March 31, 2021 | Lynn Bolt Rosendale

A man with a camera stares off into the distance with a cloud behind him.

While archaeology and more specifically the Umm el-Jimal Archaeological Project (UJAP) were the focus of the majority of history emeritus Bert de Vries’ career at Calvin, his real passion was the Jordanian people. So much so that de Vries’ career-long project became known as an admirable example of “community archaeology,’ a resource by the people and for the people, long before such practice was valued.

“My principle from the beginning was to include the local people,” said de Vries, in a recent interview about his work. “I always felt like they should be considered part of the team. We usually hired 20-30 local people, and I’ve always felt that they should understand what they are doing and why.”

De Vries, who graduated from Calvin in 1960 and would go on to teach at his alma mater for more than 50 years, died suddenly on March 28. He was 82.

A 50-year focus

Because de Vries majored in engineering at Calvin and Near Eastern languages and literature at Brandeis University, where he earned his PhD, he was invited to join an archaeological expedition in 1968 as a mapper.

“I figured it out as I went along,” said de Vries, in a 2013 interview, “and I really liked it.” On that trip, an excursion to Umm el-Jimal piqued his interest.

“Nobody was doing anything there at that time,” he said. “Nobody knew what to do with it.”

De Vries was awarded a grant to map the site in 1972, and this would begin his nearly 50-year focus of bringing little-known ruins inhabited by Bedouin to a potential UNESCO World Heritage Monument, aided by hundreds of Calvin students and native people along the way.

Now a museum with artifacts and historical information about the site, an accessible walking tour with interpretive signs, and trained local guides all add value to the site. For his commitment, de Vries was recently bestowed the King Abdullah Medal of Excellence, Jordan's highest civilian honor.

“On a global scale, Bert’s work at Umm el-Jimal is widely recognized within archaeology, cultural heritage, and humanitarian circles,” said Calvin colleague Darrell Rohl. “I have known no one who more closely epitomizes Micah 6:8 in their doing of justice, loving of kindness, and humble walk with God … than Bert de Vries.”

An enthusiastic teacher

And his enthusiastic zeal for his project and his people infused his teaching.

“Bert was remarkable at seeing the potential in students and colleagues, invested himself in them, and worked with them to find ways they could succeed,” said history department colleague Doug Howard. “He did not give up on people but helped them figure things out and find a way to contribute to the larger project.”

He was bestowed  the Presidential Award for Exemplary Teaching, the highest honor that can be awarded a Calvin professor, in 1998.

“Bert was an extremely rare academic,” said Howard, “a world-class scholar, a gifted manager and administrator, and a people person all in one. Most of us work hard to try to do one of those competently.”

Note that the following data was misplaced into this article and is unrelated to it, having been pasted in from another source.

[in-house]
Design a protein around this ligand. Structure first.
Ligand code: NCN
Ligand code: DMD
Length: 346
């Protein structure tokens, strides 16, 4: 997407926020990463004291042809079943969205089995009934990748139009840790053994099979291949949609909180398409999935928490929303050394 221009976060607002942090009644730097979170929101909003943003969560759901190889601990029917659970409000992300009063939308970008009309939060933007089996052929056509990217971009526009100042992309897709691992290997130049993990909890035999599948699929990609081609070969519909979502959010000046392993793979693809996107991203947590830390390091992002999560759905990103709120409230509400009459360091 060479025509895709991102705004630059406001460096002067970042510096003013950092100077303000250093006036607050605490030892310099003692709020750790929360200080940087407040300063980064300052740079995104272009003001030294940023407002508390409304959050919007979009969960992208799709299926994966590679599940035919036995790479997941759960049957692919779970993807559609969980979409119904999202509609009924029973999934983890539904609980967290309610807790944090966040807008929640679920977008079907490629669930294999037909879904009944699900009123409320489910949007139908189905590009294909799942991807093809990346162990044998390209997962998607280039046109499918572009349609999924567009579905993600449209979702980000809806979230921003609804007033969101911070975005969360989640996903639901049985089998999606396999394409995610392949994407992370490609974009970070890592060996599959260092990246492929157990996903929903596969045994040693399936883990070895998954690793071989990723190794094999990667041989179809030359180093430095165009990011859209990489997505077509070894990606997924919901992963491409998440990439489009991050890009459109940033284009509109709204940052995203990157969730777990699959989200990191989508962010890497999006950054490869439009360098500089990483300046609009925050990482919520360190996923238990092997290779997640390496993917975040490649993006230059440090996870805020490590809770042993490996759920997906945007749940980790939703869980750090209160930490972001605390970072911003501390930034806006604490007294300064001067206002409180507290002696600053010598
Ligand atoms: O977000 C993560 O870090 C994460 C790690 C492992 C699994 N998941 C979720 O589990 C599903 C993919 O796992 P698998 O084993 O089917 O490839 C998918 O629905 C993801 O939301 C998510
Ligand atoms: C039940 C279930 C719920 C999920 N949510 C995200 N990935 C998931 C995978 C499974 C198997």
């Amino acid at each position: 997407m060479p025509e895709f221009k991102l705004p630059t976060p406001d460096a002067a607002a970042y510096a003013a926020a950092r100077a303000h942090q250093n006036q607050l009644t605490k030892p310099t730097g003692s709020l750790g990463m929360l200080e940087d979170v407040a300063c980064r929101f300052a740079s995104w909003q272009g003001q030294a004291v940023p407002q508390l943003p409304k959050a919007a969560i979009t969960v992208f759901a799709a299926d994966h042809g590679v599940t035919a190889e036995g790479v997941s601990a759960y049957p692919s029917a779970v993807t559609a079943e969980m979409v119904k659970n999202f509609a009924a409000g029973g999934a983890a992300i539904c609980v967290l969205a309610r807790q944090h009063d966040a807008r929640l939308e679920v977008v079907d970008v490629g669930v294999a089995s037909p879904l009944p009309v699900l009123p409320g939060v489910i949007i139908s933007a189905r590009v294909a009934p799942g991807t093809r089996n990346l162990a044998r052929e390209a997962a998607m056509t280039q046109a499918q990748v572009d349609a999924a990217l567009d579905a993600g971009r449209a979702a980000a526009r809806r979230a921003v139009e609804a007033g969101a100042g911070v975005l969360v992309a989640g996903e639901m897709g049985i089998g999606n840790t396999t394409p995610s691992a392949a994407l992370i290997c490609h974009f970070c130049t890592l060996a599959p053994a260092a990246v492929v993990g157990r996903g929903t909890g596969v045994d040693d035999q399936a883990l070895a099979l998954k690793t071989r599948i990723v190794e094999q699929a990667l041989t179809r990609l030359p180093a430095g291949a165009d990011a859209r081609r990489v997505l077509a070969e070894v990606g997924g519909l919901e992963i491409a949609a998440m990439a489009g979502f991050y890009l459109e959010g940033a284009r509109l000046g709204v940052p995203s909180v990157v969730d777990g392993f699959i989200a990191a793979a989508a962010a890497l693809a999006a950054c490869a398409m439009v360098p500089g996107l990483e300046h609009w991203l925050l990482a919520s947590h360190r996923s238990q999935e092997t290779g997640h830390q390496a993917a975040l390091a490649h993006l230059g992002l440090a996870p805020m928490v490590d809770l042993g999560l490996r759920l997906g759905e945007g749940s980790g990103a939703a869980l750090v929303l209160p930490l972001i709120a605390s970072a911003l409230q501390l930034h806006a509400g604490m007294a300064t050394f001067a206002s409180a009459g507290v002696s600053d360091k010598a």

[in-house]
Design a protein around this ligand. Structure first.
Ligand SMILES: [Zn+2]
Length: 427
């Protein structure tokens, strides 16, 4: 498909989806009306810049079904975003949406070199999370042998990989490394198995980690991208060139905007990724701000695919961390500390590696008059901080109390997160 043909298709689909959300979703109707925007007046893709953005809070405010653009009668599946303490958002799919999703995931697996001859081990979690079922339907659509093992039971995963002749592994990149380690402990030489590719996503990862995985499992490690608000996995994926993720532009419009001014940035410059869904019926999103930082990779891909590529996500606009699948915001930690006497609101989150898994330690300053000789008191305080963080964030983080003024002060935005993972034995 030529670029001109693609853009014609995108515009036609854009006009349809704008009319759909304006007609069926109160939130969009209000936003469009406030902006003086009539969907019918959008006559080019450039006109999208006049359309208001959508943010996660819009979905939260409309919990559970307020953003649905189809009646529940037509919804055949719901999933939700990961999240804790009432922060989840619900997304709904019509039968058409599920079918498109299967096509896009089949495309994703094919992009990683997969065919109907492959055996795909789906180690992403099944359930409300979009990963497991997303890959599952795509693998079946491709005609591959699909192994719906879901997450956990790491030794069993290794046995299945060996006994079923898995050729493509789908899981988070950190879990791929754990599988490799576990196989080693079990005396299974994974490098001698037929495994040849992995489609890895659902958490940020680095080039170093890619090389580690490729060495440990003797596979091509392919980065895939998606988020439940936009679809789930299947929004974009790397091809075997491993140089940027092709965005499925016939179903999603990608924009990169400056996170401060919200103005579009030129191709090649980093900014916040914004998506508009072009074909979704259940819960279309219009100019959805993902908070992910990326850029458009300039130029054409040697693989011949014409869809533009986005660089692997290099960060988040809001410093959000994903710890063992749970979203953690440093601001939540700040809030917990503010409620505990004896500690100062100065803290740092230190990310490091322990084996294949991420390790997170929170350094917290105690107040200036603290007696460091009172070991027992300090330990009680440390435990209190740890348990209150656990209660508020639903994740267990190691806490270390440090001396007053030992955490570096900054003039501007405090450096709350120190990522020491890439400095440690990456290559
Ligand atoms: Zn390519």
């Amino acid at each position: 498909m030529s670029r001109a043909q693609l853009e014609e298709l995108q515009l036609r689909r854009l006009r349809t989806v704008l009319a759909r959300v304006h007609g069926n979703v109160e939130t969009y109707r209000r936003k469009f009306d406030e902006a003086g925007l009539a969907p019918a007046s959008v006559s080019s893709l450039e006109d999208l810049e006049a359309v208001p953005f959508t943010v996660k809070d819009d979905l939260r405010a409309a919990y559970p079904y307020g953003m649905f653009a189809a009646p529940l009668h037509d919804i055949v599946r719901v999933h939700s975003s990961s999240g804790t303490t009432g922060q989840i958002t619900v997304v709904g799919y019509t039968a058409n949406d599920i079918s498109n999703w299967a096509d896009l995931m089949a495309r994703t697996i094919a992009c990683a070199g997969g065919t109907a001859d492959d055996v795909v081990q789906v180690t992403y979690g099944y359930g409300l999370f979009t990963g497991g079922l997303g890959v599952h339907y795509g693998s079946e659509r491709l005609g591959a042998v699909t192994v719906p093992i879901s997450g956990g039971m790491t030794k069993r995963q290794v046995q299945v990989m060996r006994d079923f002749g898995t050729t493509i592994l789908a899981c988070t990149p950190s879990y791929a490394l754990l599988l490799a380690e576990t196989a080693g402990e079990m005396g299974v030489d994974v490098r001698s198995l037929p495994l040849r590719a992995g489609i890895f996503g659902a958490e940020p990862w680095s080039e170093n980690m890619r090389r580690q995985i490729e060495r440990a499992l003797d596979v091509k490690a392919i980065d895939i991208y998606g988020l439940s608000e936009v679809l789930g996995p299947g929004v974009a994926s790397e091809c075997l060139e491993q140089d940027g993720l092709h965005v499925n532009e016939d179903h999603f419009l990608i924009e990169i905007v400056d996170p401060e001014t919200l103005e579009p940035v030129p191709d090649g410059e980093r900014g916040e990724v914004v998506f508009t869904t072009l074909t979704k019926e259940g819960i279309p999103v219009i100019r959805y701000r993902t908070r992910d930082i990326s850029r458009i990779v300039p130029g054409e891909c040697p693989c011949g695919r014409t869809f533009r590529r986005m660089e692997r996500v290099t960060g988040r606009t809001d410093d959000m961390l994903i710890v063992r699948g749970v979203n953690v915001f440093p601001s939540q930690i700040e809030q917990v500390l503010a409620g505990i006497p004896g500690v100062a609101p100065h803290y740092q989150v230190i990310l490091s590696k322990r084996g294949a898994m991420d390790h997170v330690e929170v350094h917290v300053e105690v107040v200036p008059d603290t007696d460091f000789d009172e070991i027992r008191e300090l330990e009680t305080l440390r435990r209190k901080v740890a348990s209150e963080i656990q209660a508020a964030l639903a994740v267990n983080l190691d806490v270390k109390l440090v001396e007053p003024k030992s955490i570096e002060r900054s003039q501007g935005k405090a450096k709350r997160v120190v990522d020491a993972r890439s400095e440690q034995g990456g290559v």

Champion for the voiceless

Students both in his classroom and those that accompanied him on digs were deeply affected by his compassion.

“When I was a student and working at Umm el-Jimal, I remember being surprised (and a little confused, at first) by how much passion he put into his interaction with the local community,” said Andy Rau ‘97.  “It seemed strange to me at the time that his work with the local Jordanian villagers (and later, refugees in the area) was just as important to him as his archaeology work. In time, I realized that for Bert, the whole point of his scholarship was to serve other people, especially the voiceless and powerless.

“As a champion and voice for the refugees, he never let us forget that the pursuit of justice was at the heart of what he did—and that it should be at the heart of what we did, no matter where our careers and interests took us.”

De Vries’ involvement in UJAP would lead him to become an advocate and ambassador of Middle Eastern culture—prescribing peace, understanding, and compassion.

In 2009, concerned about refugee children, Bert and his wife, Sally, helped found Healing Children of Conflict in west Michigan, an organization that works to bring injured children to the U.S. for treatment.

A Calvin legacy

“Bert has been the embodiment of Calvin’s audacious mission and proof positive that this mission can be realized,” said Rohl. “His legacy will live on in Calvin’s archaeology program, the Umm el-Jimal Project, and through students who learn to live as passionately as he did.”

Added colleague Will Katerberg: “The people in the community who worked with him were his family. They, and their essential role in the work at Umm el-Jimal, are his truest legacy in Jordan. 

“For Calvin, I think his greatest legacy lies in this aspect of Bert’s work and life: integration of faith, work, and life is not just about ideas but about how following God’s calling for us leads us to love our neighbors.”

De Vries is survived by his wife, Sally; children Tara (Rob) Cahill, Tanya (Paul) Bulthuis (of Calvin’s audio visual department), Jenna (Michael) Morton, Guy (Ann) de Vries, and Muaffaq and Fatima Hazza (honorarily) and many grandchildren.

A memorial service for colleagues, close friends, and relatives will be held at 2 p.m. on Friday, April 2, at Calvin Christian Reformed Church in Grand Rapids. The service may also be viewed via livestream at

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